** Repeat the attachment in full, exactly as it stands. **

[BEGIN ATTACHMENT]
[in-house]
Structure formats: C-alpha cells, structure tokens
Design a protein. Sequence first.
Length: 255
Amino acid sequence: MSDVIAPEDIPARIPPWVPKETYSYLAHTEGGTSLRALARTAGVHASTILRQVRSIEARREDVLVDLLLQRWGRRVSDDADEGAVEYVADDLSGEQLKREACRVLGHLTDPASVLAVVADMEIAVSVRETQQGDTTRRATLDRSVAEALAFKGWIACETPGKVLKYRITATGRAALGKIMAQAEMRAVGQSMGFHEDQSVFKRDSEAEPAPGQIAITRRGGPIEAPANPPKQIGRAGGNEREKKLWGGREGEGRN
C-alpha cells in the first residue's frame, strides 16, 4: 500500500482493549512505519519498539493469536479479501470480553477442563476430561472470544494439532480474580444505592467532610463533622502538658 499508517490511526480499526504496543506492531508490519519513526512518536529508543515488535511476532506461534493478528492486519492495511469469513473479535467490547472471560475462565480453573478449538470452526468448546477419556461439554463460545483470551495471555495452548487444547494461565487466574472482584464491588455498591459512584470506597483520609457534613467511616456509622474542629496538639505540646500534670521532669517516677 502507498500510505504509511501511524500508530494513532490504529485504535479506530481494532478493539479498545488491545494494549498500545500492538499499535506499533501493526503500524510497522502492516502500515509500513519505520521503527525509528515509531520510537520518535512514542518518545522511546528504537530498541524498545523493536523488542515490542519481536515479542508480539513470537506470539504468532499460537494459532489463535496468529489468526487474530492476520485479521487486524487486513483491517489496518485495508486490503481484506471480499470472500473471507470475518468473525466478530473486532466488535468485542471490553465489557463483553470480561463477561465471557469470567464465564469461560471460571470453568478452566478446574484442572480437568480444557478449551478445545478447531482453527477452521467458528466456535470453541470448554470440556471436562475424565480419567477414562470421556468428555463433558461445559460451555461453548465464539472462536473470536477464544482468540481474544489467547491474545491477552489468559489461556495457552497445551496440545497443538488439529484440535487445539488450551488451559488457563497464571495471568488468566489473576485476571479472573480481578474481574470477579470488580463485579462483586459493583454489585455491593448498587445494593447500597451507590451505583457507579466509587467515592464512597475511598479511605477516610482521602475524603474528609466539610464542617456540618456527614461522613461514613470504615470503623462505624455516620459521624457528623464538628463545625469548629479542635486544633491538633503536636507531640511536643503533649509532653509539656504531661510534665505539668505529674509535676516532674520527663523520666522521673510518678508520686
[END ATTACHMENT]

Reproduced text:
[in-house]
Structure formats: C-alpha cells, structure tokens
Design a protein. Sequence first.
Length: 255
Amino acid sequence: MSDVIAPEDIPARIPPWVPKETYSYLAHTEGGTSLRALARTAGVHASTILRQVRSIEARREDVLVDLLLQRWGRRVSDDADEGAVEYVADDLSGEQLKREACRVLGHLTDPASVLAVVADMEIAVSVRETQQGDTTRRATLDRSVAEALAFKGWIACETPGKVLKYRITATGRAALGKIMAQAEMRAVGQSMGFHEDQSVFKRDSEAEPAPGQIAITRRGGPIEAPANPPKQIGRAGGNEREKKLWGGREGEGRN
C-alpha cells in the first residue's frame, strides 16, 4: 500500500482493549512505519519498539493469536479479501470480553477442563476430561472470544494439532480474580444505592467532610463533622502538658 499508517490511526480499526504496543506492531508490519519513526512518536529508543515488535511476532506461534493478528492486519492495511469469513473479535467490547472471560475462565480453573478449538470452526468448546477419556461439554463460545483470551495471555495452548487444547494461565487466574472482584464491588455498591459512584470506597483520609457534613467511616456509622474542629496538639505540646500534670521532669517516677 502507498500510505504509511501511524500508530494513532490504529485504535479506530481494532478493539479498545488491545494494549498500545500492538499499535506499533501493526503500524510497522502492516502500515509500513519505520521503527525509528515509531520510537520518535512514542518518545522511546528504537530498541524498545523493536523488542515490542519481536515479542508480539513470537506470539504468532499460537494459532489463535496468529489468526487474530492476520485479521487486524487486513483491517489496518485495508486490503481484506471480499470472500473471507470475518468473525466478530473486532466488535468485542471490553465489557463483553470480561463477561465471557469470567464465564469461560471460571470453568478452566478446574484442572480437568480444557478449551478445545478447531482453527477452521467458528466456535470453541470448554470440556471436562475424565480419567477414562470421556468428555463433558461445559460451555461453548465464539472462536473470536477464544482468540481474544489467547491474545491477552489468559489461556495457552497445551496440545497443538488439529484440535487445539488450551488451559488457563497464571495471568488468566489473576485476571479472573480481578474481574470477579470488580463485579462483586459493583454489585455491593448498587445494593447500597451507590451505583457507579466509587467515592464512597475511598479511605477516610482521602475524603474528609466539610464542617456540618456527614461522613461514613470504615470503623462505624455516620459521624457528623464538628463545625469548629479542635486544633491538633503536636507531640511536643503533649509532653509539656504531661510534665505539668505529674509535676516532674520527663523520666522521673510518678508520686